This book examines trials, civil and criminal, ecclesiastical and secular, in England and Europe between the thirteenth and the seventeenth centuries. The cases examined range from a fourteenth century cause-célèbre, the attempted trial of Pope Boniface VIII for heresy, to investigations of obscure people for sexual and religious offences in the city states of Geneva and Venice. These are examples of the operation in the past of different legal, judicial systems, applied by differently constituted courts, royal and manorial, secular and ecclesiastical, which adopted different procedures, adversarial and inquisitorial. Ranging from the thirteenth to the seventeenth century, the book considers criminal trials and civil litigation conducted in royal, manorial and Church courts in late medieval and early modern England. These trials concentrate on the structure, jurisdiction, functions, and procedures of the courts and on the roles of the judges of fact and of law, both amateur and professional, who composed them. The trials of Giorgio Moreto and of Laura Querini were influenced by the politics of the Venetian State and its ongoing and highly charged relationship with the power of the Church. Discussing the legal history of continental Europe, the book then shifts the emphasis from the judges and jurors to the prisoners arraigned before the courts, to the victims of prosecution or to the highly questionable images of them created by their enemies.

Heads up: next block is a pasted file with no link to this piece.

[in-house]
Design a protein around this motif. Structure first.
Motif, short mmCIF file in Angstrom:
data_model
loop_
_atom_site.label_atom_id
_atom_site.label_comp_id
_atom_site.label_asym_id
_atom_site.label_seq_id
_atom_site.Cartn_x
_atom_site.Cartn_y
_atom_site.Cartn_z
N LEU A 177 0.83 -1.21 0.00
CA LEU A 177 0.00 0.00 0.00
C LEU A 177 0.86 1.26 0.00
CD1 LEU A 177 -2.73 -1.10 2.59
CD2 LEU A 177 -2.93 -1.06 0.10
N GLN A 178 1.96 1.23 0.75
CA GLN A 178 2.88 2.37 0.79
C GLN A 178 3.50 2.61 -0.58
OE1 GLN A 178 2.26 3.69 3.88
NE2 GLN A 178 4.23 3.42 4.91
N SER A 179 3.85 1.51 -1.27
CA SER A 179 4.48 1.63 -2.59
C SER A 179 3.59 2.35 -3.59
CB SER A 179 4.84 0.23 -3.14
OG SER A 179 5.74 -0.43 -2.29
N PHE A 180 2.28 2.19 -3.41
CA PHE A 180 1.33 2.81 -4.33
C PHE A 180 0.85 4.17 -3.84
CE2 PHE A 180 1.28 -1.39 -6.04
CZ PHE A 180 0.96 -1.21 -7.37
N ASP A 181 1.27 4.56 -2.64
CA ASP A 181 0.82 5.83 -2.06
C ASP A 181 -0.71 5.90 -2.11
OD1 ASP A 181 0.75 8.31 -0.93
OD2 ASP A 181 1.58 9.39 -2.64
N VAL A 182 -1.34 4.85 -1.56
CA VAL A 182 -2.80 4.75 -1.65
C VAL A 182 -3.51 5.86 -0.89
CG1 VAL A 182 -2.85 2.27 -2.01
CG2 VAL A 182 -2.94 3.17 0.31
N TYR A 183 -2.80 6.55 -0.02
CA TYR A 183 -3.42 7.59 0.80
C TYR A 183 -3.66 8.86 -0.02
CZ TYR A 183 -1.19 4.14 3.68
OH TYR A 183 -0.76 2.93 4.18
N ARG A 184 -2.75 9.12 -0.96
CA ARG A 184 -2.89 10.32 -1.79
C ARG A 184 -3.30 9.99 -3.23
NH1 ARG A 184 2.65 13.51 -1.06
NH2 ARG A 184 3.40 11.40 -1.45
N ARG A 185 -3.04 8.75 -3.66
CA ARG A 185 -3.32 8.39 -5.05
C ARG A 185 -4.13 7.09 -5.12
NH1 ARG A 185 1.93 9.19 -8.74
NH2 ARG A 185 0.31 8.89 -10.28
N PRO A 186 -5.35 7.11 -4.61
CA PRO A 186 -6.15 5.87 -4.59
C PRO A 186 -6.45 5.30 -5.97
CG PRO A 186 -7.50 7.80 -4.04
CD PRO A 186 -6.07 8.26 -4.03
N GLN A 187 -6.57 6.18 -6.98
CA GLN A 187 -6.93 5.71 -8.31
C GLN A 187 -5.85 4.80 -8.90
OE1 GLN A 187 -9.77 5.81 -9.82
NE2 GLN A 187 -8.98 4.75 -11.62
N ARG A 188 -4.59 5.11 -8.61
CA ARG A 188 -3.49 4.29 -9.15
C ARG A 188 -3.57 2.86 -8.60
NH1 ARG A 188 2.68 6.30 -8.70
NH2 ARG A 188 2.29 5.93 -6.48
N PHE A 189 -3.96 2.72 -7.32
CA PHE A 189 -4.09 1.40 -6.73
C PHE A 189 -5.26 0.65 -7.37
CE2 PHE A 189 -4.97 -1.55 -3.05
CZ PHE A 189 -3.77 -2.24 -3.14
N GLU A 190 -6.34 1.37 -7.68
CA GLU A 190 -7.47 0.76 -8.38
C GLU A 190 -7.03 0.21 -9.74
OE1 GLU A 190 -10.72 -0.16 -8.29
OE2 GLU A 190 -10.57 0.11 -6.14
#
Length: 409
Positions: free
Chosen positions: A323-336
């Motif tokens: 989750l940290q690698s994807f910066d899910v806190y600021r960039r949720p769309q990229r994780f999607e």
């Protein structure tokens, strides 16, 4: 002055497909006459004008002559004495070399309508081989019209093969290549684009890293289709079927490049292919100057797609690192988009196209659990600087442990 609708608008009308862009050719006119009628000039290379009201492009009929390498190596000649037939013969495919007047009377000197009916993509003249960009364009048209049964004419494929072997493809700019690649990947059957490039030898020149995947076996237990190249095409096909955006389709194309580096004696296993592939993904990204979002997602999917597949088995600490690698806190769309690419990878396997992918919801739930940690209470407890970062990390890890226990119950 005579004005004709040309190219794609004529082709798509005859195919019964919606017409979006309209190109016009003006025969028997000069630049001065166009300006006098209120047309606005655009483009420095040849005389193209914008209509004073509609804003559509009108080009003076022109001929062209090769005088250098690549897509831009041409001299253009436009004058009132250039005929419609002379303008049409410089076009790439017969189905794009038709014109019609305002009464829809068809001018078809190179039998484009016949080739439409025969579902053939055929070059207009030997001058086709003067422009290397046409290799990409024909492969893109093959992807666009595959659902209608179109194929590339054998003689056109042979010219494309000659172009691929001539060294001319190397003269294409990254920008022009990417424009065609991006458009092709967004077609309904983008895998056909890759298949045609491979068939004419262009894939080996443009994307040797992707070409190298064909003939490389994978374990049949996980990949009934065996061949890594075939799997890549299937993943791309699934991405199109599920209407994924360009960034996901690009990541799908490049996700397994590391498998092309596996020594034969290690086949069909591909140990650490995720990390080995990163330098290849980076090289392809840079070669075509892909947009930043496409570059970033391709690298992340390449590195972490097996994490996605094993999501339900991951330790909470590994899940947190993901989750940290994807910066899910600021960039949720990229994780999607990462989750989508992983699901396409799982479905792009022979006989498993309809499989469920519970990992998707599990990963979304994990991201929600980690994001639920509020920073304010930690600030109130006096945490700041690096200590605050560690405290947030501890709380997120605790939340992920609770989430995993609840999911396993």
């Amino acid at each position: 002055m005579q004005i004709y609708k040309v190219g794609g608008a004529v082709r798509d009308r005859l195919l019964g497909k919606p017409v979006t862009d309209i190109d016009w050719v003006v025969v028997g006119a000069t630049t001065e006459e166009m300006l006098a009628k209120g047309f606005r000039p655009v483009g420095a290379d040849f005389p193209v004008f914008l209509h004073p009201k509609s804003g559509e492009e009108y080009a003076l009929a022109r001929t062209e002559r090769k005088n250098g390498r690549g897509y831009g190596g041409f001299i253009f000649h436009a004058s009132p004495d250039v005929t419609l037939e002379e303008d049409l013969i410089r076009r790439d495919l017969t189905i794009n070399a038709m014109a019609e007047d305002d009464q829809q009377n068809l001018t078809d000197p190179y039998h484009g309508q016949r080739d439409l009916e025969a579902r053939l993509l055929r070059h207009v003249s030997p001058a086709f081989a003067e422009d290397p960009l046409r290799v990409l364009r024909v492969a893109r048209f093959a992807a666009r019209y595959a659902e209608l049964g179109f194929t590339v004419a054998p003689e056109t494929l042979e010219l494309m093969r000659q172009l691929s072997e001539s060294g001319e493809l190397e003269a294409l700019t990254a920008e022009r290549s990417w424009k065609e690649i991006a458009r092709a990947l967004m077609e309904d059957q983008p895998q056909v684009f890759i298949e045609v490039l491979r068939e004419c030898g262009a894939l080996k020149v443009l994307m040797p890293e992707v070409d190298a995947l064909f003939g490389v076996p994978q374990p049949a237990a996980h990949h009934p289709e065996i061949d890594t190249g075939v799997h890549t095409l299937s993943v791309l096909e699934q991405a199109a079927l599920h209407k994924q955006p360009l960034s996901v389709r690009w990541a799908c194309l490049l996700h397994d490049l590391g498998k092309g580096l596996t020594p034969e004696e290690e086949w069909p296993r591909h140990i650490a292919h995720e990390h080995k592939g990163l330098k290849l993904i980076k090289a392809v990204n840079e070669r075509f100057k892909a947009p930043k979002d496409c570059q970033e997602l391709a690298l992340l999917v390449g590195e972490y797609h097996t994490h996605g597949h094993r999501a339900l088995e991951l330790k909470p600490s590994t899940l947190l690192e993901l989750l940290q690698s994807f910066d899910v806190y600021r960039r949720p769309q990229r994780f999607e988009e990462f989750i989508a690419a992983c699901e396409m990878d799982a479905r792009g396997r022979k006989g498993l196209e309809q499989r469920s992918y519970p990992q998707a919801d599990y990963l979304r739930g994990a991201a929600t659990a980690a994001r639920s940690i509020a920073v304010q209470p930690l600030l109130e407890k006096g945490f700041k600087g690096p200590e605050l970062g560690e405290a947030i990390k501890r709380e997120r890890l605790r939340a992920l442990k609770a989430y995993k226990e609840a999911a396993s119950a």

The book knits together two of the most significant themes in the social and cultural history of modern Ireland - mass emigration and religious change - and aims to provide fresh insight into both. It addresses the churches' responses to emigration, both in theory and in practice. The book also assesses how emigration impacted on the churches both in relation to their status in Ireland, and in terms of their ability to spread their influence abroad. It first deals with the theoretical positions of the clergy of each denomination in relation to emigration and how they changed over the course of the nineteenth century, as the character of emigration itself altered. It then explores the extent of practical clerical involvement in the temporal aspects of emigration. This includes attempts to prevent or limit it, a variety of facilitation services informally offered by parish clergymen, church-backed moves to safeguard emigrant welfare, clerical advice-giving and clerically planned schemes of migration. Irish monks between the fifth and eighth centuries had spread Christianity all over Europe, and should act as an inspiration to the modern cleric. Tied in with this reading of the past, of course, was a very particular view of the present: the perception that emigration represented the enactment of a providential mission to spread the faith.
McCabe, employed Shinnors’ estimates in his account of The
decay of the Church of Rome.5 Most notably, Horace Plunkett’s unquestioning citation of Shinnors’ testimony in the controversial Ireland in
the new century was attacked by Monsignor O’Riordan in his lengthy
answering volume on the basis that Shinnors had ‘little more than
passed through’ the United States.6 That point was a reasonable one,
but there was also a clear sense from O’Riordan that any idea that
emigrants abandoned the faith could, regardless, not be accepted
from a Protestant commentator such as